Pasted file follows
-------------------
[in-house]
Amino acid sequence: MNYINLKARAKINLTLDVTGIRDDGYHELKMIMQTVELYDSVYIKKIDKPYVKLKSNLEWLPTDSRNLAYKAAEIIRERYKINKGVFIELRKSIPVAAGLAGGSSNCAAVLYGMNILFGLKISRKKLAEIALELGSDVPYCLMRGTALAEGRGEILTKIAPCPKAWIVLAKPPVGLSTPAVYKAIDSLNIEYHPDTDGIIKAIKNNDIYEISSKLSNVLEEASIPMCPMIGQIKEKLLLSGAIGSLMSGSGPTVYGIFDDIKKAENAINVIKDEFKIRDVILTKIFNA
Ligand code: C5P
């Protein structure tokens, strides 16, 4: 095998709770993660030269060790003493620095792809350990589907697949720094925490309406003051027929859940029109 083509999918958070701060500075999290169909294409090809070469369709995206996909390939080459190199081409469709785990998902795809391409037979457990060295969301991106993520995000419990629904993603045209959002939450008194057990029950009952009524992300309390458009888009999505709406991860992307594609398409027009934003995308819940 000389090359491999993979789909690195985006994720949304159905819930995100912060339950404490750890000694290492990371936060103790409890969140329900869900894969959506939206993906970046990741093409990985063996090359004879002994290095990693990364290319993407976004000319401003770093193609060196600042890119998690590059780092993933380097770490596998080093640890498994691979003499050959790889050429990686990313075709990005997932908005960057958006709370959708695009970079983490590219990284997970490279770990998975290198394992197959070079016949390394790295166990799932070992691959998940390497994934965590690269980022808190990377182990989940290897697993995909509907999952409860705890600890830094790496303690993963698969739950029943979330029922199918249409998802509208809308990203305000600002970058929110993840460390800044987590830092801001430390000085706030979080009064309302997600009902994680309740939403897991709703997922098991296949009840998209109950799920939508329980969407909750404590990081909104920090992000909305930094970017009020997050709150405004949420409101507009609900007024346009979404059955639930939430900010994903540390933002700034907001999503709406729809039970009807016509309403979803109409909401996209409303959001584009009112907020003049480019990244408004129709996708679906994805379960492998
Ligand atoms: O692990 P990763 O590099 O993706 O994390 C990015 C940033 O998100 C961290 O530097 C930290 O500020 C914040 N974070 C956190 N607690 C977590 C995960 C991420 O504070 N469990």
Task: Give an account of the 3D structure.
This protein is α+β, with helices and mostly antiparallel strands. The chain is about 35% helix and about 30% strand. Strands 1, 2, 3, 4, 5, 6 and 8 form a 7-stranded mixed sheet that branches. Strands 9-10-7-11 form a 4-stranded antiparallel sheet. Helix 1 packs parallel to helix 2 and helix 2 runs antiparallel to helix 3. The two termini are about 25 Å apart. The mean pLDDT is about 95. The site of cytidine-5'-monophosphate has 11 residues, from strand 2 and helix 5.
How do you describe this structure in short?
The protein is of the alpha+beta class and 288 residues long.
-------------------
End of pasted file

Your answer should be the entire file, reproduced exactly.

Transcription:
[in-house]
Amino acid sequence: MNYINLKARAKINLTLDVTGIRDDGYHELKMIMQTVELYDSVYIKKIDKPYVKLKSNLEWLPTDSRNLAYKAAEIIRERYKINKGVFIELRKSIPVAAGLAGGSSNCAAVLYGMNILFGLKISRKKLAEIALELGSDVPYCLMRGTALAEGRGEILTKIAPCPKAWIVLAKPPVGLSTPAVYKAIDSLNIEYHPDTDGIIKAIKNNDIYEISSKLSNVLEEASIPMCPMIGQIKEKLLLSGAIGSLMSGSGPTVYGIFDDIKKAENAINVIKDEFKIRDVILTKIFNA
Ligand code: C5P
């Protein structure tokens, strides 16, 4: 095998709770993660030269060790003493620095792809350990589907697949720094925490309406003051027929859940029109 083509999918958070701060500075999290169909294409090809070469369709995206996909390939080459190199081409469709785990998902795809391409037979457990060295969301991106993520995000419990629904993603045209959002939450008194057990029950009952009524992300309390458009888009999505709406991860992307594609398409027009934003995308819940 000389090359491999993979789909690195985006994720949304159905819930995100912060339950404490750890000694290492990371936060103790409890969140329900869900894969959506939206993906970046990741093409990985063996090359004879002994290095990693990364290319993407976004000319401003770093193609060196600042890119998690590059780092993933380097770490596998080093640890498994691979003499050959790889050429990686990313075709990005997932908005960057958006709370959708695009970079983490590219990284997970490279770990998975290198394992197959070079016949390394790295166990799932070992691959998940390497994934965590690269980022808190990377182990989940290897697993995909509907999952409860705890600890830094790496303690993963698969739950029943979330029922199918249409998802509208809308990203305000600002970058929110993840460390800044987590830092801001430390000085706030979080009064309302997600009902994680309740939403897991709703997922098991296949009840998209109950799920939508329980969407909750404590990081909104920090992000909305930094970017009020997050709150405004949420409101507009609900007024346009979404059955639930939430900010994903540390933002700034907001999503709406729809039970009807016509309403979803109409909401996209409303959001584009009112907020003049480019990244408004129709996708679906994805379960492998
Ligand atoms: O692990 P990763 O590099 O993706 O994390 C990015 C940033 O998100 C961290 O530097 C930290 O500020 C914040 N974070 C956190 N607690 C977590 C995960 C991420 O504070 N469990």
Task: Give an account of the 3D structure.
This protein is α+β, with helices and mostly antiparallel strands. The chain is about 35% helix and about 30% strand. Strands 1, 2, 3, 4, 5, 6 and 8 form a 7-stranded mixed sheet that branches. Strands 9-10-7-11 form a 4-stranded antiparallel sheet. Helix 1 packs parallel to helix 2 and helix 2 runs antiparallel to helix 3. The two termini are about 25 Å apart. The mean pLDDT is about 95. The site of cytidine-5'-monophosphate has 11 residues, from strand 2 and helix 5.
How do you describe this structure in short?
The protein is of the alpha+beta class and 288 residues long.